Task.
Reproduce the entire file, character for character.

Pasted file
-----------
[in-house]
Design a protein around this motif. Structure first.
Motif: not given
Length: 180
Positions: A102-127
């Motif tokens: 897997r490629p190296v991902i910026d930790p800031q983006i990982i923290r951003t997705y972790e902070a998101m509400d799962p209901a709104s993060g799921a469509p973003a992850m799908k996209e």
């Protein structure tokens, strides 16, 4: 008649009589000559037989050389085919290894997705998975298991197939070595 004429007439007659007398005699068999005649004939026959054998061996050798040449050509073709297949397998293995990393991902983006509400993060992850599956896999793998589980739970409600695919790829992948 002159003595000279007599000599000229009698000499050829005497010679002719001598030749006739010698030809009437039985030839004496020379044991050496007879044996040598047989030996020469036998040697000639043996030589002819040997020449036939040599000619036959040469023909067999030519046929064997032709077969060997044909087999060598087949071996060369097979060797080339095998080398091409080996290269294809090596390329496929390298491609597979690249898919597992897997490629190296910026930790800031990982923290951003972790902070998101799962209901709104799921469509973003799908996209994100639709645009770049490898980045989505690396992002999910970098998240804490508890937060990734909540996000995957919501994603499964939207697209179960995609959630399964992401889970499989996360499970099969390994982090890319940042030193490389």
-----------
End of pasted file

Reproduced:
[in-house]
Design a protein around this motif. Structure first.
Motif: not given
Length: 180
Positions: A102-127
């Motif tokens: 897997r490629p190296v991902i910026d930790p800031q983006i990982i923290r951003t997705y972790e902070a998101m509400d799962p209901a709104s993060g799921a469509p973003a992850m799908k996209e």
């Protein structure tokens, strides 16, 4: 008649009589000559037989050389085919290894997705998975298991197939070595 004429007439007659007398005699068999005649004939026959054998061996050798040449050509073709297949397998293995990393991902983006509400993060992850599956896999793998589980739970409600695919790829992948 002159003595000279007599000599000229009698000499050829005497010679002719001598030749006739010698030809009437039985030839004496020379044991050496007879044996040598047989030996020469036998040697000639043996030589002819040997020449036939040599000619036959040469023909067999030519046929064997032709077969060997044909087999060598087949071996060369097979060797080339095998080398091409080996290269294809090596390329496929390298491609597979690249898919597992897997490629190296910026930790800031990982923290951003972790902070998101799962209901709104799921469509973003799908996209994100639709645009770049490898980045989505690396992002999910970098998240804490508890937060990734909540996000995957919501994603499964939207697209179960995609959630399964992401889970499989996360499970099969390994982090890319940042030193490389």